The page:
> DON'T put yourdog's nose in his mess. It has been proven overand over again that all you will accomplish is to make matters worse, scare your puppy and destroy any chance ofbuilding a strong relationship with him.
> DON'T reprimand your dog after he has made a mistake. He won't remember what he has done. A dog's memory ofhis actions lasts only from 1 to 6 seconds. That's why reprimanding your dog for his mess when you arrive from work is absolutely pointless. From your dog's point of view, your arrival is something negative that he should be afraid of.
> DON'T shout at your dog if you catch him in the act. Instead, interrupt him by saying a firm "outside" or "toilet", pick him up (that's the only time you should pick up your dog to bring him to his elimination zone or toilet stop), put his leash on, go to the designated spot, let him finish what he had started at the wrong place and then praise him lavishly for going at the right place. If you scold him, you will only teach him to eliminate when you're not around and that's exactly the opposite of what we want to accomplish. He may also find himself a hidden spot somewhere in your house where he can go "peacefully"! Again, that's not what we want. Calm and vigilance are your best allies when housetraining your dog.
> DON'T walk your dog to have him eliminated. A walk should be a reward for eliminating quickly not the other way around. Believe me, your walks will become longer and longer once your dog will have figured out that eliminating means the end of the walk. He will suddenly be able to hold it for miles!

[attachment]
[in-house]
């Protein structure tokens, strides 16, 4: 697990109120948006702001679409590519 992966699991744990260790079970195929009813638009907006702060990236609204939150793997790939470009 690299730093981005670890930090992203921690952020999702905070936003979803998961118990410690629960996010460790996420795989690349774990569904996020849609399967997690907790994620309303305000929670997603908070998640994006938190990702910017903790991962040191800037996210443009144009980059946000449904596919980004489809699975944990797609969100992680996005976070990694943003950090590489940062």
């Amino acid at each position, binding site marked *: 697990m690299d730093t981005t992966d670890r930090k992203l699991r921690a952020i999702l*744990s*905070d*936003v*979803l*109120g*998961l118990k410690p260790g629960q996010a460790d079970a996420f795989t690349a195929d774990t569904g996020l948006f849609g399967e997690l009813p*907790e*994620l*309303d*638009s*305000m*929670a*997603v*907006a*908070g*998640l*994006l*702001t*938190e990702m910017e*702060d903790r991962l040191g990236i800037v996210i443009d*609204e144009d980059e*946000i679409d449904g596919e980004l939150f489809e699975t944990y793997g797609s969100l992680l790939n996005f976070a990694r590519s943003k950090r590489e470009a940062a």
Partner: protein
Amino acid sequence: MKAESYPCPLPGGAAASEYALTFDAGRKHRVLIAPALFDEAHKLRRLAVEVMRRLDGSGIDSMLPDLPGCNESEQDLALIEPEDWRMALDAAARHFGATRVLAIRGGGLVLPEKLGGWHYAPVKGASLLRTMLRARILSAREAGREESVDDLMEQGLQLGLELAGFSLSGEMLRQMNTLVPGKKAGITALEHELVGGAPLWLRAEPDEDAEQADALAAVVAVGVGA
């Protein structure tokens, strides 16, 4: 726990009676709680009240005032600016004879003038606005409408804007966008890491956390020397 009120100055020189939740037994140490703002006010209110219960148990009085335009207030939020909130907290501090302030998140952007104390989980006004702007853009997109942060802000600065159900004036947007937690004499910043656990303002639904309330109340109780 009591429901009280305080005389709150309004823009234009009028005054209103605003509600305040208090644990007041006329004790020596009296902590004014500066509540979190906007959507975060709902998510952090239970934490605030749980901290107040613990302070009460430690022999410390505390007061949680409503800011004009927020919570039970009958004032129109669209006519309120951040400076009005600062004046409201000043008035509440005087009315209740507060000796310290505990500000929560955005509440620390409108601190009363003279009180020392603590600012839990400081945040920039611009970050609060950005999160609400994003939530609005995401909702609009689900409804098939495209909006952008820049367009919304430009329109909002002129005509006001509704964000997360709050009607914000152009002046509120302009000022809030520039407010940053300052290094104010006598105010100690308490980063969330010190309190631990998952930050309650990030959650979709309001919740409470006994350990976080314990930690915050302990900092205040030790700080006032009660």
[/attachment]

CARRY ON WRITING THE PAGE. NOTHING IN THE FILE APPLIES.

> DON'T let your dog roam freely in the house until he is completely and reliably housetrained. That's one of the most common mistakes new owners make. Remember, a dog won't soil his leaving quarters, that's why you'll use both types of confinements. Later, once your puppy has learned to control his bladder and that the designated place (EZ or TS) is the one and only place acceptable to do his business, you'll be able to let him explore the rest of the house.
> DON'T praise your dog for eliminating on the paper unless you are among the very few who will need to paper train their dog. The only reason I suggest putting paper on the floor is to make it easier for you to pick up the mess. If you don't mind picking up your puppy's "gifts" directly from the floor, don't hesitate to forget the paper altogether.
> DON'T forget that you are dealing with a puppy. He won't understand what you want until you have taught him in the simplest way. That's why I use the seven-step technique. It's easy to follow and can't be more clear from a dog's point of view.
In the next chapter, A Schedule for Everyone, I've provided you with an example of what a typical day would be like during the housetraining phase of your puppy.
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This is for people who want to potty train their dog NOW. Discover The Ability To Finally Potty Train Your Dog In No Time! I'm going to get right down to it... If you've found this page, either you or someone you know has a puppy that needs to be potty trained. Maybe you've tried a ton of various methods you've read about but have had no success. How can some people potty train their puppy with hardly any effort?